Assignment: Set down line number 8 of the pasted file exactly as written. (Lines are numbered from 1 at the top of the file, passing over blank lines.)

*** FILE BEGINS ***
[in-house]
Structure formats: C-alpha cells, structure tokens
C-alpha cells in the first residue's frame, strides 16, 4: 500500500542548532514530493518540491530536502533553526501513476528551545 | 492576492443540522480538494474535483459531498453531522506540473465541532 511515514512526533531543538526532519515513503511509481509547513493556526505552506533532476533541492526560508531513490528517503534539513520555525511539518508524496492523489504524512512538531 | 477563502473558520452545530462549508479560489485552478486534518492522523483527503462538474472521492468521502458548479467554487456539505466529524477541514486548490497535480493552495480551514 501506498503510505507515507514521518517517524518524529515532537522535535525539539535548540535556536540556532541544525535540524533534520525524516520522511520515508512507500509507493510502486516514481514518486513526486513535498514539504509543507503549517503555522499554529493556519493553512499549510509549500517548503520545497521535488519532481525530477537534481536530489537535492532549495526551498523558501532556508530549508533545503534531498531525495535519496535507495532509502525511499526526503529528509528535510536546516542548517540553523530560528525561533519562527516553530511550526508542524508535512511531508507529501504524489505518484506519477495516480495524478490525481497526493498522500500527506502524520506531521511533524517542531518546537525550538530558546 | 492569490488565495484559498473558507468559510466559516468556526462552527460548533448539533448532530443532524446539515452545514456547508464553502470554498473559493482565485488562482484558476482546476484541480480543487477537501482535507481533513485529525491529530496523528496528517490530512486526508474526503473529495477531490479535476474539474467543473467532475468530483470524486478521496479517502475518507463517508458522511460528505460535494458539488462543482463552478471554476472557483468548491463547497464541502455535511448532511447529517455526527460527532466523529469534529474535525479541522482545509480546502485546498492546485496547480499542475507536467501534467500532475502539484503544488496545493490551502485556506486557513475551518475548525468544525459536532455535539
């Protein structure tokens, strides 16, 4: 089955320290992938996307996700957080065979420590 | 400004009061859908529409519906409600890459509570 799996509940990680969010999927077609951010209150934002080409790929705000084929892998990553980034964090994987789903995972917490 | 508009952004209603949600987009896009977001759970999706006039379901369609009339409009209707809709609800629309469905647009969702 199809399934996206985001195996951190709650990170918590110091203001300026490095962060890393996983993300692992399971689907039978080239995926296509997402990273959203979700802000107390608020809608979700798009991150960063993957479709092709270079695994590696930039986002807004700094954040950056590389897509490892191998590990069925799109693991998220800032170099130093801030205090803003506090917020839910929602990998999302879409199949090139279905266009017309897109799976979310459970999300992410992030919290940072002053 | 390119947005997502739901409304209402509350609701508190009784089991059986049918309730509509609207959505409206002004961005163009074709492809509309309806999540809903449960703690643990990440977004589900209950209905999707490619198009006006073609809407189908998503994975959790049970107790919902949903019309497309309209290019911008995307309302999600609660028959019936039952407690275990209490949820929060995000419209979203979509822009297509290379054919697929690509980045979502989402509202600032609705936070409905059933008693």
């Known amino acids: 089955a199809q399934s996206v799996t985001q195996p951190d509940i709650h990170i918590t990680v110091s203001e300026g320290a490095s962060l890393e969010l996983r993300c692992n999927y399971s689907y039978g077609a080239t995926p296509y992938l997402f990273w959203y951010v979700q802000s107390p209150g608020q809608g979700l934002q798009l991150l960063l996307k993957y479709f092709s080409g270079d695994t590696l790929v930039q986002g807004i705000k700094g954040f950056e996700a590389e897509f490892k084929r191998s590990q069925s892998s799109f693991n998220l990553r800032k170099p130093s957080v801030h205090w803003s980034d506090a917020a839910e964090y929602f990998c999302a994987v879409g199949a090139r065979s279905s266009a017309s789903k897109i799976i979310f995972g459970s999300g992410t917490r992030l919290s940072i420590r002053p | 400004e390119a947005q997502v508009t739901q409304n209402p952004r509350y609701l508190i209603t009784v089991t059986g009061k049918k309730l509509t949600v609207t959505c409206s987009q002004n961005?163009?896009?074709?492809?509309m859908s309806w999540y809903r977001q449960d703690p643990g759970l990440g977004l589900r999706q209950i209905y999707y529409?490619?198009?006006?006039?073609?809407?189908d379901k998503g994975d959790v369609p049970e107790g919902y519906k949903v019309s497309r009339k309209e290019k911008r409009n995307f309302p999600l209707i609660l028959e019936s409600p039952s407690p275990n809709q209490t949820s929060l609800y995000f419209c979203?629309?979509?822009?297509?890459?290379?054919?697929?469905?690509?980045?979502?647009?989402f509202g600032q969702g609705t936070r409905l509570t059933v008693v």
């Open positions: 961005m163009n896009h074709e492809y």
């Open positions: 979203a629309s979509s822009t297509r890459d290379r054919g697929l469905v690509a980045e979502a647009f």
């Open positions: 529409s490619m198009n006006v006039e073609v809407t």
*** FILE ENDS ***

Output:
């Open positions: 529409s490619m198009n006006v006039e073609v809407t």